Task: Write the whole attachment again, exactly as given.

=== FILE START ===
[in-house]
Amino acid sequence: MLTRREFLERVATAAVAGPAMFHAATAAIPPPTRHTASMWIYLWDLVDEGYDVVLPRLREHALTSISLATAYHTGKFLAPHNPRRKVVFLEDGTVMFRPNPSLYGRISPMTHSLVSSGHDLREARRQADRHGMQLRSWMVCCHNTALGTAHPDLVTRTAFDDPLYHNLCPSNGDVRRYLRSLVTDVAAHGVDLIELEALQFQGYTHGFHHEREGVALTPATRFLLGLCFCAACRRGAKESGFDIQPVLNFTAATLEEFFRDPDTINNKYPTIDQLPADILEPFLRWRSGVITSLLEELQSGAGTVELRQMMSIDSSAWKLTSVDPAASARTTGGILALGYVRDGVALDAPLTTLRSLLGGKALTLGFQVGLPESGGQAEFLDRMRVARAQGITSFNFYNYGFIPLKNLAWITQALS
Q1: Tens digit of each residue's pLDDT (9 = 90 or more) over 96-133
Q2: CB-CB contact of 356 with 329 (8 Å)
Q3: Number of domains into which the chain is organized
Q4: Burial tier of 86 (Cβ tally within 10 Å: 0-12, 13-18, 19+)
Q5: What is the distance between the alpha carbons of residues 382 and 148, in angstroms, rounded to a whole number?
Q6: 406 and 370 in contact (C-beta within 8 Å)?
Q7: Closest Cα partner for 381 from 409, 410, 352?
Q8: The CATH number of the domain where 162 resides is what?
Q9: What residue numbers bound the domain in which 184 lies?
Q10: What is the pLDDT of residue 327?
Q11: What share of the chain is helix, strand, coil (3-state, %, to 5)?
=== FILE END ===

[in-house]
Amino acid sequence: MLTRREFLERVATAAVAGPAMFHAATAAIPPPTRHTASMWIYLWDLVDEGYDVVLPRLREHALTSISLATAYHTGKFLAPHNPRRKVVFLEDGTVMFRPNPSLYGRISPMTHSLVSSGHDLREARRQADRHGMQLRSWMVCCHNTALGTAHPDLVTRTAFDDPLYHNLCPSNGDVRRYLRSLVTDVAAHGVDLIELEALQFQGYTHGFHHEREGVALTPATRFLLGLCFCAACRRGAKESGFDIQPVLNFTAATLEEFFRDPDTINNKYPTIDQLPADILEPFLRWRSGVITSLLEELQSGAGTVELRQMMSIDSSAWKLTSVDPAASARTTGGILALGYVRDGVALDAPLTTLRSLLGGKALTLGFQVGLPESGGQAEFLDRMRVARAQGITSFNFYNYGFIPLKNLAWITQALS
Q1: Tens digit of each residue's pLDDT (9 = 90 or more) over 96-133
Q2: CB-CB contact of 356 with 329 (8 Å)
Q3: Number of domains into which the chain is organized
Q4: Burial tier of 86 (Cβ tally within 10 Å: 0-12, 13-18, 19+)
Q5: What is the distance between the alpha carbons of residues 382 and 148, in angstroms, rounded to a whole number?
Q6: 406 and 370 in contact (C-beta within 8 Å)?
Q7: Closest Cα partner for 381 from 409, 410, 352?
Q8: The CATH number of the domain where 162 resides is what?
Q9: What residue numbers bound the domain in which 184 lies?
Q10: What is the pLDDT of residue 327?
Q11: What share of the chain is helix, strand, coil (3-state, %, to 5)?